Injecting Sensation into a Prosthetic Limb

Achievement date: 
2016
Outcome/accomplishment: 

An international team of researchers have stimulated part of a brain’s sensory cortex to create a sense of a hand being touched as the subject watched a rubber hand being stroked. The finding came in work at the Center for Sensorimotor Neural Engineering (CSNE), an NSF-funded Engineering Research Center (ERC) based at the University of Washington (UW), and involved scientists from UW and the Karolinska Institute in Stockholm.

Impact/benefits: 

The insight brings researchers closer to developing prosthetic limbs that a user might actually feel is part of their own body. The researchers tapped into a 64-electrode grid array implanted into the brains of two epilepsy patients to monitor seizures. Positioned over the somatosensory cortex—the region of the brain that processes touch—the arrays enabled the team to focus on the region that corresponded to the subjects’ finger.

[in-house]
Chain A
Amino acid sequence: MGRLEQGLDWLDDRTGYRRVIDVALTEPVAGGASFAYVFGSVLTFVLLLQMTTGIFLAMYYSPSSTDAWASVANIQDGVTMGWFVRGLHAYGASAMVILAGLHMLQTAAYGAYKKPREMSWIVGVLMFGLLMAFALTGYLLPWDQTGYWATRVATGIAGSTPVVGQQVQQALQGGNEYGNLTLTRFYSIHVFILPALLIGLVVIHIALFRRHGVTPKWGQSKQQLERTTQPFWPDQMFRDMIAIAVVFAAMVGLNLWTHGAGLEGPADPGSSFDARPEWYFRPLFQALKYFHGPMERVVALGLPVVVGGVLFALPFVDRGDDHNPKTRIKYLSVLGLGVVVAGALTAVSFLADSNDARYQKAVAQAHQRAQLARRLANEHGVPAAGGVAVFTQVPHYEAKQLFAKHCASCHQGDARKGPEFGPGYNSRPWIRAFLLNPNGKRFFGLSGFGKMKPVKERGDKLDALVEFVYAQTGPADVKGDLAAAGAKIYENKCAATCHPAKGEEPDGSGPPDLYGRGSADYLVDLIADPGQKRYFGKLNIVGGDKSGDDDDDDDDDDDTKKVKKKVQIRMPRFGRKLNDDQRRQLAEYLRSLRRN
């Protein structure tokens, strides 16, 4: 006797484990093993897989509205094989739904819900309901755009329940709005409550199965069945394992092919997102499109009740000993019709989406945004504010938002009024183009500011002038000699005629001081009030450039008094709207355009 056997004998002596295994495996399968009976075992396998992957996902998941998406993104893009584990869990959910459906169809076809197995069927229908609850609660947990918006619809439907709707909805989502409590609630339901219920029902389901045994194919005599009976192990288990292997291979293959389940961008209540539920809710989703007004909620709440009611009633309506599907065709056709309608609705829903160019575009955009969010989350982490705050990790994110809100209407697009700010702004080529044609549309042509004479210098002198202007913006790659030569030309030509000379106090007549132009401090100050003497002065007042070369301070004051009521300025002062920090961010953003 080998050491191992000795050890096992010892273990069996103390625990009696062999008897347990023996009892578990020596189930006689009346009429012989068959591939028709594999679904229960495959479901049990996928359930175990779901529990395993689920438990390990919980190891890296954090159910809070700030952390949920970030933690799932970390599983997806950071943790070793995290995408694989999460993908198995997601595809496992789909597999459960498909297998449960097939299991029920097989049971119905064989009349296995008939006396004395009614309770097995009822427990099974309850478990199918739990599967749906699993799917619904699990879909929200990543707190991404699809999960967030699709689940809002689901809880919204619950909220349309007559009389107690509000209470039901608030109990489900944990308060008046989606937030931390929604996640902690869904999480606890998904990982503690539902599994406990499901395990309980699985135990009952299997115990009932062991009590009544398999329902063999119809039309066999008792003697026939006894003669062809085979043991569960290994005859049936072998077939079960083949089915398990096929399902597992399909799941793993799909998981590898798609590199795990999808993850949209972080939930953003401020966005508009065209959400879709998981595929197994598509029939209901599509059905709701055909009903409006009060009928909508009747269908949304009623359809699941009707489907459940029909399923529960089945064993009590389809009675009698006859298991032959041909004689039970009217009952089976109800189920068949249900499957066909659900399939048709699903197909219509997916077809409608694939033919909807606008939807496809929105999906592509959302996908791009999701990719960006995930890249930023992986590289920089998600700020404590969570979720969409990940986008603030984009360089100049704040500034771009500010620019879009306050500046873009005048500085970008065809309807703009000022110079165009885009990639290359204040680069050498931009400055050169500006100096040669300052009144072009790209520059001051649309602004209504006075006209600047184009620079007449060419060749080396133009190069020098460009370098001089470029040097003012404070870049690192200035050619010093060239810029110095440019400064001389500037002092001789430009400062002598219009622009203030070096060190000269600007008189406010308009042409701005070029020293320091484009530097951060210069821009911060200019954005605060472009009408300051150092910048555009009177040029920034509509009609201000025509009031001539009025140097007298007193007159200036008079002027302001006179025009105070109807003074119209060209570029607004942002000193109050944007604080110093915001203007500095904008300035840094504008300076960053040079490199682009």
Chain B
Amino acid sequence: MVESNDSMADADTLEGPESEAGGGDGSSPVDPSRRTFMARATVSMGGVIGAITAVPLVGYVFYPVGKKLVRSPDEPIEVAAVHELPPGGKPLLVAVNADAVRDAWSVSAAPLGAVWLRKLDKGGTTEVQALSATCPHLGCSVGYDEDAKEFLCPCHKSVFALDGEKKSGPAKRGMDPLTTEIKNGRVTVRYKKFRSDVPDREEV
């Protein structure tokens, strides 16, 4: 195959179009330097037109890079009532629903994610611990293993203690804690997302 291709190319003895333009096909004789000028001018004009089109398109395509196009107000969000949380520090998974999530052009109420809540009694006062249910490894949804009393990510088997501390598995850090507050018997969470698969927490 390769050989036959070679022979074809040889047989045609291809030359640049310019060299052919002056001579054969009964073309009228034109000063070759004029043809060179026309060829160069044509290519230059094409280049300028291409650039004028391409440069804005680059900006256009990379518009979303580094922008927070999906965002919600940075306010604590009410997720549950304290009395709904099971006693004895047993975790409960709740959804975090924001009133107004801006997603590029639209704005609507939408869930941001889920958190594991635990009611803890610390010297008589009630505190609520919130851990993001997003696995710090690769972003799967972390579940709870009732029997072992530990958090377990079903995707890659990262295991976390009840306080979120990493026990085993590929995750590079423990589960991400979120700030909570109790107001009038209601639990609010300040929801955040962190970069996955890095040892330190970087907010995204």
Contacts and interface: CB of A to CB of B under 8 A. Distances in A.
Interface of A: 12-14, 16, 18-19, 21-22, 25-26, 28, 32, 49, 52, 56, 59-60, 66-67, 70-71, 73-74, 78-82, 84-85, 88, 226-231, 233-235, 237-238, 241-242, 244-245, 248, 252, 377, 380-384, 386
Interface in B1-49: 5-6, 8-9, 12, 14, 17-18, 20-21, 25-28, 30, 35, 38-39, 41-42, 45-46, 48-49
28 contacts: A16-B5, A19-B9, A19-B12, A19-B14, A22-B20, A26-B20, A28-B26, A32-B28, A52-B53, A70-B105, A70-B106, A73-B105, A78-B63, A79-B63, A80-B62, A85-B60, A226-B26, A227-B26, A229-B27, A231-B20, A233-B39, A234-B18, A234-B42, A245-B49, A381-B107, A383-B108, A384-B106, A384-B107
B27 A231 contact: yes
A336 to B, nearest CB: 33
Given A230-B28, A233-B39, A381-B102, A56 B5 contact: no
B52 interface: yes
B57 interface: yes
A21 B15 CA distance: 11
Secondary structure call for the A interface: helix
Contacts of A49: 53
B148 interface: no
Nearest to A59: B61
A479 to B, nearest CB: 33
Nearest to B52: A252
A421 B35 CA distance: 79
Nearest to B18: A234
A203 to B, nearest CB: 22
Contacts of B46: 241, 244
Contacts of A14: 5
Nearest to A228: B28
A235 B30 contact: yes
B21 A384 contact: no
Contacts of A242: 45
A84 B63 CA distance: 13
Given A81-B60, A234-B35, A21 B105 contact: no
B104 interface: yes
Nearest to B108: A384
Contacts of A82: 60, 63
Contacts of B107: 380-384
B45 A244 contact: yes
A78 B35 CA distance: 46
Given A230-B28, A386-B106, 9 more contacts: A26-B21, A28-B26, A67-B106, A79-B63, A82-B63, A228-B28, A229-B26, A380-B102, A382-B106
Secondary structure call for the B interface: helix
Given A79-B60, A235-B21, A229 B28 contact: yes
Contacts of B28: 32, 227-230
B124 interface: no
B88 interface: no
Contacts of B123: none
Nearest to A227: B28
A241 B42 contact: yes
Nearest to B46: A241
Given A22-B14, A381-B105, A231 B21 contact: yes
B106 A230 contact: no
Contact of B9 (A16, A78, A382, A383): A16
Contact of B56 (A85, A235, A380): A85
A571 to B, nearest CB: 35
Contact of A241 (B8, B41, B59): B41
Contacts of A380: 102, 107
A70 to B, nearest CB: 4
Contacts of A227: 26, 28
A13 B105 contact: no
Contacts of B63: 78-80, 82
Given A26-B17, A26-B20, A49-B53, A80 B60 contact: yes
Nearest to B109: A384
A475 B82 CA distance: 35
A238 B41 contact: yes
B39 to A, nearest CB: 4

Explanation/Background: 

Earlier studies had shown it’s possible to trick the brain into believing that a fake limb is part of the body. In cases where a visible rubber hand was stroked in tandem with a subject’s own hidden hand, participants mistook the prosthetics as part of their own physical self.

For this study, researchers hid a volunteer’s hands behind a screen, and placed a prosthetic hand in front of the screen. Researchers used a touch probe linked to a cortical stimulation device to simultaneously touch the rubber hand with a brushstroke and stimulate the patients’ somatosensory cortex. participants were more likely to agree with the statement “It feels as if the rubber hand were my hand.” Subjects later experienced something called proprioceptive drift—when blindfolded and asked to point to their finger, they tended to point to the rubber hand and not their own.